June 28 -- A comet unlike any other in recorded history is on a trajectory to zip through the inner solar system in less than a decade, but astronomers say this one actually isn't anything to lose sleep over.
Comet 2014 UN271 was first observed during a mission called the Dark Energy Survey in 2014, but skywatchers didn't realize that the data was showing a comet until just this month.
Pedro Bernardelli and Gary Bernstein were the two people who made this realization, giving Comet 2014 UN271 a name that rolls off the tongue a bit easier: Comet Bernardinelli-Bernstein.
This discovery could be one for the record books, leading some to call it a "mega comet." It's estimated to be between 60 and 230 miles wide, which could make it the largest comet ever discovered, according to EarthSky.
To put the size in context, Halley's Comet is about 3.5 miles wide, New York City's Long Island is 118 miles long and part of the Florida peninsula is 160 miles across.
Despite its size, experts say the comet is nothing for the people of Earth to worry about -- but there is the chance that it could put on a show in the sky on its first trip to the inner solar system in the far future.
A bad day would be an understatement if a space rock of this size was on a collision course with Earth and slammed into the land.
The asteroid believed to have been a factor in the extinction of the dinosaurs was estimated to be about seven miles wide when it hit Mexico's Yucatan Peninsula, creating a crater that was 125 miles wide.
A space rock the size of Comet Bernardinelli-Bernstein hitting land would be orders of magnitude worse with impacts on a global scale and shifts in the climate. If the rock missed land and splashed down in the ocean instead, it could generate a tsunami.
Rest assured, there is no chance of these scenarios unfolding in 2031 when the comet makes its closest approach to the sun, according to data from NASA.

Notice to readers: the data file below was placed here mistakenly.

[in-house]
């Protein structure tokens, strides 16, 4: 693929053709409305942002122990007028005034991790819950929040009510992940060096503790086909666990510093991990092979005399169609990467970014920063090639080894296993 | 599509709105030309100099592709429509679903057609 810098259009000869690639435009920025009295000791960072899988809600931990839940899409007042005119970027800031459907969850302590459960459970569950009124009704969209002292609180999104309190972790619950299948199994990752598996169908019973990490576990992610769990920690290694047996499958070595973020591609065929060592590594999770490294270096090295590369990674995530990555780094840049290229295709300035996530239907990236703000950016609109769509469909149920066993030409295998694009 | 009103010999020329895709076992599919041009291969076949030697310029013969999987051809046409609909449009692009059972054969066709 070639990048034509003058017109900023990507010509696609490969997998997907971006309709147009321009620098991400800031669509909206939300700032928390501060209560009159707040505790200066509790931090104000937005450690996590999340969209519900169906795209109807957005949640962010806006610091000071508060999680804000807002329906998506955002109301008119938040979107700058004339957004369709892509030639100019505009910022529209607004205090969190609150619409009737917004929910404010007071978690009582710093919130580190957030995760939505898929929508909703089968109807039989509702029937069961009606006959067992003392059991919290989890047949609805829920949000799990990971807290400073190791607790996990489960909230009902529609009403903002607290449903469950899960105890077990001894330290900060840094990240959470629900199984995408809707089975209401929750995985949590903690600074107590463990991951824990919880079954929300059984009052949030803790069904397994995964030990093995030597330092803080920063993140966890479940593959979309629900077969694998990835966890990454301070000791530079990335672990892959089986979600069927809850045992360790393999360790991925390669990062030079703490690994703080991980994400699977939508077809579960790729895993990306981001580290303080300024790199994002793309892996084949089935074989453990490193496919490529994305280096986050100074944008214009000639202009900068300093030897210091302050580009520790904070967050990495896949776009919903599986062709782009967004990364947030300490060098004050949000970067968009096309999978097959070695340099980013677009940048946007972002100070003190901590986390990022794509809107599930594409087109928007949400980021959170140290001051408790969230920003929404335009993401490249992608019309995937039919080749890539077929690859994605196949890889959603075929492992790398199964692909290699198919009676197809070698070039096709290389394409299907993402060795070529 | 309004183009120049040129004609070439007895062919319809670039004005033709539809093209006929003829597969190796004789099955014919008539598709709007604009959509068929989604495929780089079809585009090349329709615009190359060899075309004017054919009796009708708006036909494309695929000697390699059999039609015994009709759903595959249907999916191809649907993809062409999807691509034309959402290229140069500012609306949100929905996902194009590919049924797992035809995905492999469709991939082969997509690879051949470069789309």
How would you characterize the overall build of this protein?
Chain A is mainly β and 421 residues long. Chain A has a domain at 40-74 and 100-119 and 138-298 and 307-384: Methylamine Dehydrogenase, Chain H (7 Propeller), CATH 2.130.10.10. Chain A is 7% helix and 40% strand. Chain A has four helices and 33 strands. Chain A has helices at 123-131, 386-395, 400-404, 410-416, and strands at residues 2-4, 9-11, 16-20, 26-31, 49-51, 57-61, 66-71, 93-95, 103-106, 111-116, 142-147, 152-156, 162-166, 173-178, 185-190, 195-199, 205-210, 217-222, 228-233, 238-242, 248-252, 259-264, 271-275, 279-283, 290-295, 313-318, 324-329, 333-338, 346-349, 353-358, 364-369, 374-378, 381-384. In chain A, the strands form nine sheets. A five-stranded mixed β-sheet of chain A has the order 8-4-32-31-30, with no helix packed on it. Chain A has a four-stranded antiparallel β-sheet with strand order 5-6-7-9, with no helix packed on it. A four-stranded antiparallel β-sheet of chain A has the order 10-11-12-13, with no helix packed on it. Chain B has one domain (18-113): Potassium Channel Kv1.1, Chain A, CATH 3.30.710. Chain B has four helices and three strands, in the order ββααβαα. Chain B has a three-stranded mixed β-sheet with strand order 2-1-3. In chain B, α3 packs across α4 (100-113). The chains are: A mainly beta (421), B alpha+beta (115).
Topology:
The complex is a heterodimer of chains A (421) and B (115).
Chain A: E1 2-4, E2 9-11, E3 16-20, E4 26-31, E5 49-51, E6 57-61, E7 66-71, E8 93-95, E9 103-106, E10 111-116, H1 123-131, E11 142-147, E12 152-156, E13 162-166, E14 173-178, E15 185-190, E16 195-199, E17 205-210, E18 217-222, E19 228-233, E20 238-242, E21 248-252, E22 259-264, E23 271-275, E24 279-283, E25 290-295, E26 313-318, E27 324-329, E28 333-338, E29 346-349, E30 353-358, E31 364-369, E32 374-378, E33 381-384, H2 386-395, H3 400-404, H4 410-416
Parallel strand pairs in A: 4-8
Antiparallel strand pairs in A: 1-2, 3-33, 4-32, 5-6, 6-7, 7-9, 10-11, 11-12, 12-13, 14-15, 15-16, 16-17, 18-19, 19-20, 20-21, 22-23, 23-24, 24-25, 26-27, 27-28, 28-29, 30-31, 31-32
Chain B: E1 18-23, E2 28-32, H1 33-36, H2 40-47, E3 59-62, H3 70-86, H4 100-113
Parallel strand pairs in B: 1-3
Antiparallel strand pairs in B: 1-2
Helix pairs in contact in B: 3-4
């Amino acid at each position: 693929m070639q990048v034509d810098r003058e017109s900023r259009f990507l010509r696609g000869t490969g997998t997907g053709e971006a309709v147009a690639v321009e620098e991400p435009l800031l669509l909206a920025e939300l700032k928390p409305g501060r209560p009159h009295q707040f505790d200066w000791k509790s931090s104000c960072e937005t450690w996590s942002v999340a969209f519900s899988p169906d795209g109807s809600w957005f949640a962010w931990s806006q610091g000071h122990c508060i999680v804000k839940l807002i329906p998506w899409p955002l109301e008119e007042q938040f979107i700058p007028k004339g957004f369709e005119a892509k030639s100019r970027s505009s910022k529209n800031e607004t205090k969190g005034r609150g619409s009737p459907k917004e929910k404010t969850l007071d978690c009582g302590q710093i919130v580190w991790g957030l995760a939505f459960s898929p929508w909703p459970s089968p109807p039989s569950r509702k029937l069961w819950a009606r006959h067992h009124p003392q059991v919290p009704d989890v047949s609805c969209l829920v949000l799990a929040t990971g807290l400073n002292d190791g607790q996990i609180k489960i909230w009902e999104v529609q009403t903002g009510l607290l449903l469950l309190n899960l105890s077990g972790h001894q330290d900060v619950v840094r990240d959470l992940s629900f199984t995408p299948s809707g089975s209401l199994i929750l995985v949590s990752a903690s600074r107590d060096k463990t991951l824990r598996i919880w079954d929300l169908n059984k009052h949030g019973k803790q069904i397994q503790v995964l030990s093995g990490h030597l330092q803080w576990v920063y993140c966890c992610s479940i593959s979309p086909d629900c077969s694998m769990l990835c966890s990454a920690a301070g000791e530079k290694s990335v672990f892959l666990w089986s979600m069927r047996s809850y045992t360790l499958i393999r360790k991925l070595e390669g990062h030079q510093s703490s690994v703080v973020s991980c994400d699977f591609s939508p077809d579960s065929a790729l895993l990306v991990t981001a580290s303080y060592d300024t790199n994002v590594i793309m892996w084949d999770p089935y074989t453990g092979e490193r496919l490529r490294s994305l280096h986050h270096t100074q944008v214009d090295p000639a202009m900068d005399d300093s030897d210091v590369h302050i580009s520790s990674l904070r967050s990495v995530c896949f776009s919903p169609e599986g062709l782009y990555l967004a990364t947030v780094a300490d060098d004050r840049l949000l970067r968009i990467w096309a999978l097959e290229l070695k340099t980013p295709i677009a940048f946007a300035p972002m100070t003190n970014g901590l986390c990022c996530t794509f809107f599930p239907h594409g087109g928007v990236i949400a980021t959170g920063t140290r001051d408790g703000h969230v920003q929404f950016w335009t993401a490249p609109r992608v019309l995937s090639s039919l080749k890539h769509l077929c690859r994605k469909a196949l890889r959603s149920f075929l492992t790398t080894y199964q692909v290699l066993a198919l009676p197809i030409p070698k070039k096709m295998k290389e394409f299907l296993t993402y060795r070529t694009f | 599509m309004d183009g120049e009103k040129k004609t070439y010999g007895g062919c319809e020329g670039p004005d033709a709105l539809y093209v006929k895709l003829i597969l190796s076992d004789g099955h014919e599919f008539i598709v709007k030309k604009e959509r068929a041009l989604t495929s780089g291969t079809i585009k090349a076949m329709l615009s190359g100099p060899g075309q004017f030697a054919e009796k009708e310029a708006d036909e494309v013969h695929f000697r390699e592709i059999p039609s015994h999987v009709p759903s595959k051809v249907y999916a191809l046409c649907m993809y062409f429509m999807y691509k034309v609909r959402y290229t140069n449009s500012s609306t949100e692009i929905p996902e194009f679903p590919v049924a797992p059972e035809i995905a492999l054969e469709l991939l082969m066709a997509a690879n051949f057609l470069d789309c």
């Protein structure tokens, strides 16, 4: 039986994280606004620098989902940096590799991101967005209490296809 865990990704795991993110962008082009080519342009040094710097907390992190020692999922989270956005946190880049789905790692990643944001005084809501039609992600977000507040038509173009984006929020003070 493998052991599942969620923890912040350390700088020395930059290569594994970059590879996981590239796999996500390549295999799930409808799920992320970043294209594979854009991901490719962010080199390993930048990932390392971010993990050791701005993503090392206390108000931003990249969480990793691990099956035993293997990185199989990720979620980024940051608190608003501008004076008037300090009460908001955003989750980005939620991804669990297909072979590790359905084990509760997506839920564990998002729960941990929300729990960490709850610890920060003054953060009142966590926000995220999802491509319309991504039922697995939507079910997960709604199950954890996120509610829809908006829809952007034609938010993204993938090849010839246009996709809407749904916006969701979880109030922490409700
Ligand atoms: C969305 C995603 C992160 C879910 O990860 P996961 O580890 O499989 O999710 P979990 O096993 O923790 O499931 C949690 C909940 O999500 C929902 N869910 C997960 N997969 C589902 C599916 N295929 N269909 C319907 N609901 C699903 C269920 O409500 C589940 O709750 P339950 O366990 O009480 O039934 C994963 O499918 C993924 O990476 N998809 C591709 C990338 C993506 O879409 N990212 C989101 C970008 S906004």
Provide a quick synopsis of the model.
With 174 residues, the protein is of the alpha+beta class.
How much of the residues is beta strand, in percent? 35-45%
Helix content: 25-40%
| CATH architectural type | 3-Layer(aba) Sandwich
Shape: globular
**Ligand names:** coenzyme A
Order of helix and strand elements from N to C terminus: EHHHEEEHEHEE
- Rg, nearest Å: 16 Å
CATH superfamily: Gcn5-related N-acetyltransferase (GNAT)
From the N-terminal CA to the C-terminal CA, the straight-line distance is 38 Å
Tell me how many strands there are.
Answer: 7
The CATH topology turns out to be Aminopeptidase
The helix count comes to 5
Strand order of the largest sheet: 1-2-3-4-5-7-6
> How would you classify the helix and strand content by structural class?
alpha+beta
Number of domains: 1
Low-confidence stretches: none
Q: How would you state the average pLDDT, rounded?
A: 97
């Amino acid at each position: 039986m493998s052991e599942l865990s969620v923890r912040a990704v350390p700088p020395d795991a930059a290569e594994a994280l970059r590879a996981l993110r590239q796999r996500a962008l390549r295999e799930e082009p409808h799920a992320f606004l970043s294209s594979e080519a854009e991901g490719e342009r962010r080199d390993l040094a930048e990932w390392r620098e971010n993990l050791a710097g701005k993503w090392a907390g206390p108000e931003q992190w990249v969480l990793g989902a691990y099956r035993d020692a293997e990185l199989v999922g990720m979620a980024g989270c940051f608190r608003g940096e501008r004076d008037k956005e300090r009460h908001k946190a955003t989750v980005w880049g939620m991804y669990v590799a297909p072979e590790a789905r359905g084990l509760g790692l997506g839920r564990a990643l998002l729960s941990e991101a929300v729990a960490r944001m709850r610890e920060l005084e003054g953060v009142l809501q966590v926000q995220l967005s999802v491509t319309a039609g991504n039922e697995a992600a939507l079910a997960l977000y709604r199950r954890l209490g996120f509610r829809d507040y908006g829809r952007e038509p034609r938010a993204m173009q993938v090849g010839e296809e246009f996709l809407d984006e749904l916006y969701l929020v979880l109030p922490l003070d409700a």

|The above animation shows the anticipated path that the comet will take as it passes through the inner solar system.|
Comet Bernardinelli-Bernstein is already closer to the sun than Neptune, but it will not even reach the orbit of Saturn in 2031 before it starts its long journey back to the far reaches of the solar system.
Given current projections, a telescope will be needed to spot the gigantic comet in the sky since it will remain far away from the Earth, but it could still surprise onlookers in 2031.
Comets are known for being unpredictable when it comes to their brightness. Given the size of this comet and how little is known about it so far, it could end up exceeding expectations and putting on a show for stargazers.
Comet NEOWISE was the most recent comet that was visible in the sky during the summer of 2020.
Two other comets preceded Comet NEOWISE in the first half of 2020 and were initially projected to be bright enough to see from Earth without a telescope, but they both fizzled to the disappointment of stargazers.
NASA says long-period comets like Comet Bernardinelli-Bernstein likely originate from the Oort Cloud, the most distant region of the solar system that's thousands of astronomical units away from the sun. One astronomical unit covers the distance between the Earth and the sun.
Since the rocks are so incredibly far away from the Earth, they are almost impossible to see until they are making their final approach to the inner solar system, even with the largest telescopes available.
This means that astronomers do not know when exactly the next long-period comet will fly through the solar system until it is nearing its closest approach to the sun.
Other comets that orbit the sun more frequently are easier to predict, such as Halley's Comet. This is a shorter-period comet that orbits the sun once every 75 years and is slated to glow in the sky again in 2061.